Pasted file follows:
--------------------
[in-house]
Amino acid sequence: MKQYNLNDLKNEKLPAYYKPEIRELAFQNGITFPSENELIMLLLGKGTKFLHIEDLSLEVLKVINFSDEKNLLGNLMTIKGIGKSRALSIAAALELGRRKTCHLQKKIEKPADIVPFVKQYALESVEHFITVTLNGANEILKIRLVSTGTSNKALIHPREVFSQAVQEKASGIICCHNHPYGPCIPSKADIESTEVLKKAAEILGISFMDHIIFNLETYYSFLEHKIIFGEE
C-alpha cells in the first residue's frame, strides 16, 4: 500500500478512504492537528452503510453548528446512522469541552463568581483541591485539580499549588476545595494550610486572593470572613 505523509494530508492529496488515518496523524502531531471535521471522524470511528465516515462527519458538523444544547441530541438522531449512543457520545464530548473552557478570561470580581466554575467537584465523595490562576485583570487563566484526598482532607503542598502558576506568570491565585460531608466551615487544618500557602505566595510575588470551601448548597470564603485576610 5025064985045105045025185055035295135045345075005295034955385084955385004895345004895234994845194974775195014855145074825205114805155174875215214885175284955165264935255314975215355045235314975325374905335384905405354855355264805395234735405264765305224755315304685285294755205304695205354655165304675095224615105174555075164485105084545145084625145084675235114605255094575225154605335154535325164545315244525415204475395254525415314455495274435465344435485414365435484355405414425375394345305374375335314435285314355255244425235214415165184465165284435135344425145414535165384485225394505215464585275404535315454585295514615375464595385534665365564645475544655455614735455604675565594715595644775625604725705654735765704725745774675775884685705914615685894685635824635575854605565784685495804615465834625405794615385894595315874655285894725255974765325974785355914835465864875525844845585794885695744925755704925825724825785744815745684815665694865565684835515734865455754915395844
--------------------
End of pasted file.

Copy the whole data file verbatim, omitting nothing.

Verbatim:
[in-house]
Amino acid sequence: MKQYNLNDLKNEKLPAYYKPEIRELAFQNGITFPSENELIMLLLGKGTKFLHIEDLSLEVLKVINFSDEKNLLGNLMTIKGIGKSRALSIAAALELGRRKTCHLQKKIEKPADIVPFVKQYALESVEHFITVTLNGANEILKIRLVSTGTSNKALIHPREVFSQAVQEKASGIICCHNHPYGPCIPSKADIESTEVLKKAAEILGISFMDHIIFNLETYYSFLEHKIIFGEE
C-alpha cells in the first residue's frame, strides 16, 4: 500500500478512504492537528452503510453548528446512522469541552463568581483541591485539580499549588476545595494550610486572593470572613 505523509494530508492529496488515518496523524502531531471535521471522524470511528465516515462527519458538523444544547441530541438522531449512543457520545464530548473552557478570561470580581466554575467537584465523595490562576485583570487563566484526598482532607503542598502558576506568570491565585460531608466551615487544618500557602505566595510575588470551601448548597470564603485576610 5025064985045105045025185055035295135045345075005295034955385084955385004895345004895234994845194974775195014855145074825205114805155174875215214885175284955165264935255314975215355045235314975325374905335384905405354855355264805395234735405264765305224755315304685285294755205304695205354655165304675095224615105174555075164485105084545145084625145084675235114605255094575225154605335154535325164545315244525415204475395254525415314455495274435465344435485414365435484355405414425375394345305374375335314435285314355255244425235214415165184465165284435135344425145414535165384485225394505215464585275404535315454585295514615375464595385534665365564645475544655455614735455604675565594715595644775625604725705654735765704725745774675775884685705914615685894685635824635575854605565784685495804615465834625405794615385894595315874655285894725255974765325974785355914835465864875525844845585794885695744925755704925825724825785744815745684815665694865565684835515734865455754915395844